• 1964 Beyond Theology - The Art of Godmanship, Vintage 1973, ISBN 0-394-71923-9
  • 1966 The Book - On the Taboo Against Knowing Who You Are, Vintage reissue 1989, ISBN 0-679-72300-5 (excerpt here)
  • 1967 Nonsense, ISBN 0-525-47463-3. This book is an interesting spiritual application of literary nonsense.
  • 1970 Does It Matter?: Essays on Man's Relation to Materiality, Vintage ed. 1971, ISBN 0-394-71665-5
  • 1971 Erotic Spirituality - The Vision of Konarak
  • 1972 The Art of Contemplation
  • 1972 In My Own Way - An Autobiography 1915-1965, Vintage 1973, ISBN 0-394-71951-4 Read preview
  • 1973 Cloud-hidden, Whereabouts Unknown: A Mountain Journal, Vintage 1974, ISBN 0-394-71999-9

Posthumous publications

  • 1974 The Essence of Alan Watts, Celestial Arts 1977, ISBN 0-89087-210-4
  • 1975 Tao: The Watercourse Way, with Al Chung-liang Huang, Pantheon 1977, ISBN 0-394-73311-8
  • 1976 Essential Alan Watts
  • 1978 Uncarved Block, Unbleached Silk: The Mystery of Life
  • 1979 Om: Creative Meditations
  • 1982 Play to Live
  • 1983 Way of Liberation: Essays and Lectures on the Transformation of the Self
  • 1985 Out of the Trap
  • 1986 Diamond Web
  • 1987 The Early Writings of Alan Watts, Paperback. 1995, ISBN 0-89087-794-7
  • 1990 The Modern Mystic: A New Collection of Early Writings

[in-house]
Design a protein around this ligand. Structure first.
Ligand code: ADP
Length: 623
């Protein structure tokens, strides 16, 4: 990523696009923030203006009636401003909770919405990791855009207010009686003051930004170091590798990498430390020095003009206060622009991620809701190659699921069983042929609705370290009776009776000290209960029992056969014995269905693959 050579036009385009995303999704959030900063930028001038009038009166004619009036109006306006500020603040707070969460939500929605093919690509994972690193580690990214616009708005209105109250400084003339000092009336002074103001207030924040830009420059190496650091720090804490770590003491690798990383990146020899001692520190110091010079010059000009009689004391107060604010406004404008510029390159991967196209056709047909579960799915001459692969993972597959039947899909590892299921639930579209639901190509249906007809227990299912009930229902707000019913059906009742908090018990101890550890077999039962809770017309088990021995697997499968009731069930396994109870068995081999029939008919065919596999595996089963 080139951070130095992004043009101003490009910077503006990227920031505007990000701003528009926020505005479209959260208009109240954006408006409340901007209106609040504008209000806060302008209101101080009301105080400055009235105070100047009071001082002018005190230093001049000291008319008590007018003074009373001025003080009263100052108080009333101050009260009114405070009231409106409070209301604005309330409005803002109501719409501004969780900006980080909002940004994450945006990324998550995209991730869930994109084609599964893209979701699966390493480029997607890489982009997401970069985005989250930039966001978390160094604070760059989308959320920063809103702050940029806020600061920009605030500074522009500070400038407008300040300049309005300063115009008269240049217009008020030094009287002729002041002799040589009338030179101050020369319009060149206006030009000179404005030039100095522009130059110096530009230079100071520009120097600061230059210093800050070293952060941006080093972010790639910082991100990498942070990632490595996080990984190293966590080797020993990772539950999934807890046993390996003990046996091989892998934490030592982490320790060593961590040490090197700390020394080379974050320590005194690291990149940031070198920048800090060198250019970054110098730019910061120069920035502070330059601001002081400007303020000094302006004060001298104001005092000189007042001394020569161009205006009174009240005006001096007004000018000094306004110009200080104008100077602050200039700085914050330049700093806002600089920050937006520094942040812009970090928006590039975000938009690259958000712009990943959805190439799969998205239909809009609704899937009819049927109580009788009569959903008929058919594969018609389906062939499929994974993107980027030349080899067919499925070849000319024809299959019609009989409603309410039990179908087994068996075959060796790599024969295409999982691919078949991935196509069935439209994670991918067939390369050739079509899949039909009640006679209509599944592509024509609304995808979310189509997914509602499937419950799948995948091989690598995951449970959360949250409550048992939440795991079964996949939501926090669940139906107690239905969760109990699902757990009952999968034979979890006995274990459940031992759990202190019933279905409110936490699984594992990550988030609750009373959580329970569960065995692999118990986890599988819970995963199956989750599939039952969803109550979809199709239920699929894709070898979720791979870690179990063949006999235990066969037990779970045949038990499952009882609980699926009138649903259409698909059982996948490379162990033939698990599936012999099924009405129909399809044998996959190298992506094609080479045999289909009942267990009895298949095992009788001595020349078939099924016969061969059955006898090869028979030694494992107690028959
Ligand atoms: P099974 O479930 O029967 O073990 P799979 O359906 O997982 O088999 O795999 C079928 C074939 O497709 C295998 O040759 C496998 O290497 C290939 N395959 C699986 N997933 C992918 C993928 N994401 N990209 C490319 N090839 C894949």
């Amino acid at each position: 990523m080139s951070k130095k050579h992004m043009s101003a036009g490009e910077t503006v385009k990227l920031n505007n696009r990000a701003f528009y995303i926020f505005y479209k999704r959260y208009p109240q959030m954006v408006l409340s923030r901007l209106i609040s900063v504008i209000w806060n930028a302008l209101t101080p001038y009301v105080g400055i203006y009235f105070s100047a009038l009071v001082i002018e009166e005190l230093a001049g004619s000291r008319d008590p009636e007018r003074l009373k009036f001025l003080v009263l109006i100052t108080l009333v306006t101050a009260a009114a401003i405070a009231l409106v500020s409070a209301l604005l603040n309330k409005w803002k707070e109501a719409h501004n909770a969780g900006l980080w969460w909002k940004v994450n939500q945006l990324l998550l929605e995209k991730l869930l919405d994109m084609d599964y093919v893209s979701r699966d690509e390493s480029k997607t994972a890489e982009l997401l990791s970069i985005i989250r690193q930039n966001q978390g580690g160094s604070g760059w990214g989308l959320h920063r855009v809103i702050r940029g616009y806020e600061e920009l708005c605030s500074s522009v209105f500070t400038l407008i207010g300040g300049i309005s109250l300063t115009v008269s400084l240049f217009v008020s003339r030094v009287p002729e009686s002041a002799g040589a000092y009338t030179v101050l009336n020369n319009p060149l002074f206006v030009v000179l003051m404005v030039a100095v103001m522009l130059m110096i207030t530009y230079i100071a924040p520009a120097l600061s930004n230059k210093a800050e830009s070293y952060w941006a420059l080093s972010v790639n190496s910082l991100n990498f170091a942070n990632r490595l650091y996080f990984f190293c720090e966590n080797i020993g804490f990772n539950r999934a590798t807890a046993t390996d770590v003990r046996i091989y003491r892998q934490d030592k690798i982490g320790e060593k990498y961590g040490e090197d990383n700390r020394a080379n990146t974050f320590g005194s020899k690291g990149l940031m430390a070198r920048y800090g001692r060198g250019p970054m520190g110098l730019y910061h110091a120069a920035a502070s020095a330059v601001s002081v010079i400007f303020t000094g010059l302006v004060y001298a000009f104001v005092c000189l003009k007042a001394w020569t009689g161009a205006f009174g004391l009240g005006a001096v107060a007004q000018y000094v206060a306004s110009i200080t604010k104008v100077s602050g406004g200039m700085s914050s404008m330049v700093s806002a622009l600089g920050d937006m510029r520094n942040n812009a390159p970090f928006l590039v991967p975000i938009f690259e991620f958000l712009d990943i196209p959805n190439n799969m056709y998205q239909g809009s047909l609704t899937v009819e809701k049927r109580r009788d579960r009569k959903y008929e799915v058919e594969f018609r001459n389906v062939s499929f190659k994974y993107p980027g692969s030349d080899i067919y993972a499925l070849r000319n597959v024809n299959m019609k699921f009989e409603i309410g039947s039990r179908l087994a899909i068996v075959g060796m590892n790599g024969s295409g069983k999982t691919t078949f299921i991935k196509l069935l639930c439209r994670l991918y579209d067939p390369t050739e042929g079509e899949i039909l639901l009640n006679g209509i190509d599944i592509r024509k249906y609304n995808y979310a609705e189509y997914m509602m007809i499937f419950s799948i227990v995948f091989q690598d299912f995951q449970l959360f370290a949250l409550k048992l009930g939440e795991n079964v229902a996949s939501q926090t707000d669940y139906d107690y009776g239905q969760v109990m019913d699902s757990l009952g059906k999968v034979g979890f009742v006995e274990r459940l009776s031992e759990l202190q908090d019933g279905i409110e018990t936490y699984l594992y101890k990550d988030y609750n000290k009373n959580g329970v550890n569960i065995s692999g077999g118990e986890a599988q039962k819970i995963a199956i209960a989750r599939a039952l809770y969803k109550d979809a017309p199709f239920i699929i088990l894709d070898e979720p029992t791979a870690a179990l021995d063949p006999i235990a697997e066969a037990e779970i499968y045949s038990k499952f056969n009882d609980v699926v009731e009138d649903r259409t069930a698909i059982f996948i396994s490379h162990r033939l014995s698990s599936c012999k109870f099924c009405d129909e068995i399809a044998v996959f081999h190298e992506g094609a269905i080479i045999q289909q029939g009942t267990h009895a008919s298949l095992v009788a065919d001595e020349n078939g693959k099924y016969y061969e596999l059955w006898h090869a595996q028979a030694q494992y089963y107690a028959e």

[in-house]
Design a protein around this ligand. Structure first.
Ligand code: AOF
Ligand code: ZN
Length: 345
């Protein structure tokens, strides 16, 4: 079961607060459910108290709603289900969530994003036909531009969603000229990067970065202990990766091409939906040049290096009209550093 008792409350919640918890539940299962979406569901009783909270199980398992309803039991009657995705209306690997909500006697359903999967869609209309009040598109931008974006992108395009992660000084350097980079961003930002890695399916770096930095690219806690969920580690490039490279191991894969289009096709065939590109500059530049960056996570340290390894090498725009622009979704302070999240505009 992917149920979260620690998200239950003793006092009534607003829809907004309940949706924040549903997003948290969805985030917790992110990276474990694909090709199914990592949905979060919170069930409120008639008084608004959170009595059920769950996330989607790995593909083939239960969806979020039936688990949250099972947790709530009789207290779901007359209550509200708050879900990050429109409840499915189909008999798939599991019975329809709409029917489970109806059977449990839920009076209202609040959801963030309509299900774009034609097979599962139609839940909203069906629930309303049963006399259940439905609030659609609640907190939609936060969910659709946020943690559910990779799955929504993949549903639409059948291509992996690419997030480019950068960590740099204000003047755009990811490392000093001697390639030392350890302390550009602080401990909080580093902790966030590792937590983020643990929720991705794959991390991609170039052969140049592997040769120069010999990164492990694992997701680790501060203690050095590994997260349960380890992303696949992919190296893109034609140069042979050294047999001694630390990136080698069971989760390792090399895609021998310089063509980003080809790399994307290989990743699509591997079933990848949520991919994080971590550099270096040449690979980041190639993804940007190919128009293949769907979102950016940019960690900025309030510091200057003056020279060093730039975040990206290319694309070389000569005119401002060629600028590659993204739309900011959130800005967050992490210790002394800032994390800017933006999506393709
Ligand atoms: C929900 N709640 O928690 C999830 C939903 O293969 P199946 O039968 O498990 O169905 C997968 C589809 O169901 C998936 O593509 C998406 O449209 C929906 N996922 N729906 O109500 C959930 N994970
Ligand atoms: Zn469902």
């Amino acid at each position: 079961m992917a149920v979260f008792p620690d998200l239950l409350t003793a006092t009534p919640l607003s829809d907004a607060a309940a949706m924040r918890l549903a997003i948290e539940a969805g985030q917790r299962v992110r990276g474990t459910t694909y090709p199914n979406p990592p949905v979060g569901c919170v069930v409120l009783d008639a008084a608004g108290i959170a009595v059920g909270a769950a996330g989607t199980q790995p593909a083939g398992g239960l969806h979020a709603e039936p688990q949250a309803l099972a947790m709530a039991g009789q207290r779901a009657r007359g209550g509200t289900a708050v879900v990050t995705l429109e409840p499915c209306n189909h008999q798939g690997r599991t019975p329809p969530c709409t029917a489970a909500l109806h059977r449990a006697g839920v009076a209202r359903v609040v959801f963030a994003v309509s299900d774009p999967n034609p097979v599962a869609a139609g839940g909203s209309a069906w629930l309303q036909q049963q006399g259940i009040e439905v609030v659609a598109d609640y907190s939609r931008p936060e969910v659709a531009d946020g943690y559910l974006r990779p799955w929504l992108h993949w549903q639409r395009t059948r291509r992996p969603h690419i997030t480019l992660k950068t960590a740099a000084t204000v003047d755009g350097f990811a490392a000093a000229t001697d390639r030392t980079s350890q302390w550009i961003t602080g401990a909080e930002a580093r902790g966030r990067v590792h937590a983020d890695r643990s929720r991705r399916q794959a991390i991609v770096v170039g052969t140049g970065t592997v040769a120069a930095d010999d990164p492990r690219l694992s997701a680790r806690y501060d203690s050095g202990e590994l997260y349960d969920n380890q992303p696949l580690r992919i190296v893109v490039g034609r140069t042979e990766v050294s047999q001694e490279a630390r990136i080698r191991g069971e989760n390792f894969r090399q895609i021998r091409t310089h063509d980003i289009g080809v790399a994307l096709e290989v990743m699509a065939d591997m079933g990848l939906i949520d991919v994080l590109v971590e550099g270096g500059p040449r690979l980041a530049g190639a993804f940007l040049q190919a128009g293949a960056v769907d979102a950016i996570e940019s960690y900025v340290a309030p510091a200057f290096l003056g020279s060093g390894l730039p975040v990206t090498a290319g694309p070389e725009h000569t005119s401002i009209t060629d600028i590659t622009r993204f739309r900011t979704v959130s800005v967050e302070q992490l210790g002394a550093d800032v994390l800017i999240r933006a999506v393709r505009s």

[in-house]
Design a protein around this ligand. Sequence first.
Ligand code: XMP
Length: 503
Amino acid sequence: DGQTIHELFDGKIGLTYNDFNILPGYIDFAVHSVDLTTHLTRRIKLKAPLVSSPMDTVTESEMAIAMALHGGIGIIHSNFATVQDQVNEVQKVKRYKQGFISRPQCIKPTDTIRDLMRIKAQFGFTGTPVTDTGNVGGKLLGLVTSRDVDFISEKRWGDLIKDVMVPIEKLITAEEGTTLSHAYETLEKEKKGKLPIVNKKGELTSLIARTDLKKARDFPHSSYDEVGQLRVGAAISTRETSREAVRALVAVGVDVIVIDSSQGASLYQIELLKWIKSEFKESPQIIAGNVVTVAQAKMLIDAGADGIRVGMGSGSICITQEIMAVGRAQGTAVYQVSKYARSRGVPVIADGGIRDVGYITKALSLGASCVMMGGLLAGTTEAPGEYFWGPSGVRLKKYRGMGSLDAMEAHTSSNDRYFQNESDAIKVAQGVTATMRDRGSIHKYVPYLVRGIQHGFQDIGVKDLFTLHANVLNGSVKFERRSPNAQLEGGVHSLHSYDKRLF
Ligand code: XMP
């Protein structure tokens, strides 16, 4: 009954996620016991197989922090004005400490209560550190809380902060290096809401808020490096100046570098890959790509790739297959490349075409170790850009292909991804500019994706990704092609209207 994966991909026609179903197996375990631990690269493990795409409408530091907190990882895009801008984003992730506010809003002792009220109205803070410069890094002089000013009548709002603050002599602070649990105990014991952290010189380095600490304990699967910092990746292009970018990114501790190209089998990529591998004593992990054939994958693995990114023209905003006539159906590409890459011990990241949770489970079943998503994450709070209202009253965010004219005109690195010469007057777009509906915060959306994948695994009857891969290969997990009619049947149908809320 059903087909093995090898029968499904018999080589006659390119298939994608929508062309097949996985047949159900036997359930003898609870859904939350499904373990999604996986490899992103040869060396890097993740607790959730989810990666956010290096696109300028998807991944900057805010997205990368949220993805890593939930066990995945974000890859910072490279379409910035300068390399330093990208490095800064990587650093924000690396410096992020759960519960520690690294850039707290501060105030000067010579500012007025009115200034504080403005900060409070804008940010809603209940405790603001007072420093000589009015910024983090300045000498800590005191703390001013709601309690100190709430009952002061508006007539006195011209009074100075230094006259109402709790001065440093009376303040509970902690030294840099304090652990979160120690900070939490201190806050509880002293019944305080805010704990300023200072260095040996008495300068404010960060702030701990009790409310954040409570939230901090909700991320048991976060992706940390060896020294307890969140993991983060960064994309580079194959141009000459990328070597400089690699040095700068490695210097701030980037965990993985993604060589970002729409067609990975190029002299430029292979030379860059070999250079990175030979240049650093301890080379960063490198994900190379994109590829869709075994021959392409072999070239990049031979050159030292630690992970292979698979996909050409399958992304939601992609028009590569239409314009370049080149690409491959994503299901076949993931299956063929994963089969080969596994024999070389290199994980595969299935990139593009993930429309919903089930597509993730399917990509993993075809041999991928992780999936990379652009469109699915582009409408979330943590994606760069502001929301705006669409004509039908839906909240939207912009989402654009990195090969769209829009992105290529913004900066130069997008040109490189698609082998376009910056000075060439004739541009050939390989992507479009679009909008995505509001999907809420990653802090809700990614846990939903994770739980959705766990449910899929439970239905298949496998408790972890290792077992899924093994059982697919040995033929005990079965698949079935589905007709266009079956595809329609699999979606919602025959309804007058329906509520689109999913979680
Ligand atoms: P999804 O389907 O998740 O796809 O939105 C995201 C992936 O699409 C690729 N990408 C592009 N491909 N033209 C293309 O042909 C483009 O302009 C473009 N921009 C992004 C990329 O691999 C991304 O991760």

• 1994 Talking Zen
  • 1995 Become What You Are, Shambhala Expanded ed. 2003, ISBN 1-57062-940-4
  • 1995 Buddhism: The Religion of No-Religion Read preview
  • 1995 The Philosophies of Asia
  • 1995 The Tao of Philosophy, edited transcripts, Tuttle Publishing 1999, ISBN 0-8048-3204-8
  • 1996 Myth and Religion
  • 1997 Taoism: Way Beyond Seeking
  • 1997 Zen and the Beat Way
  • 1998 Culture of Counterculture
  • 1999 Buddhism: The Religion of No-Religion, edited transcripts, Tuttle Publishing, ISBN 0-8048-3203-X
  • 2000 What Is Zen?, editor: Mark Watts, New World Library, ISBN 0-394-71951-4 Read preview
  • 2000 What Is Tao?, ed. Mark Watts, New World Library, ISBN 1-57731-168-X
  • 2000 Still the Mind: An Introduction to Meditation, ed. Mark Watts, New World Library, ISBN 1-57731-214-7
  • 2000 Eastern Wisdom, ed. Mark Watts, MJF Books, ISBN 1-56731-491-0, three books in one volume: What is Zen?, What is Tao?, and An Introduction to Meditation (Still the Mind). These were assembled from transcriptions of audio tape recordings made by his son Mark, of lectures and seminars given by Alan Watts during the last decade of his life. They constitute simplified introductions to the philosophies he taught.

Audio and video works, essays

Including recordings of lectures at major universities and multi-session seminars:

  • 1960 Eastern Wisdom in Modern Life, television series, (here)
  • 1960 Essential Lectures, audio recordings, (here)
  • 1960 Nature of Consciousness, essay, (here)
  • 1960 The Value of Psychotic Experience
  • 1960 The World As Emptiness
  • 1960 From Time to Eternity
  • 1960 Lecture On Zen
  • 1960 The Cross of Cards
  • 1960 Taoism
  • 1962 This Is IT
  • 1968 "Psychedelics & Religious Experience", in California Law Review (here)
  • 1969 Why Not Now: The Art of Meditation
  • 1994 Zen: The Best of Alan Watts (VHS)
  • 2005 Do You Do It, or Does It Do You?: how to let the universe meditate you (CD)
  • 2007 Zen Meditations with Alan Watts, DVD, (here)

Other Books

  • Genuine Fake: a Biography of Alan Watts, by Monica Furlong, Published by Heinemann, 1986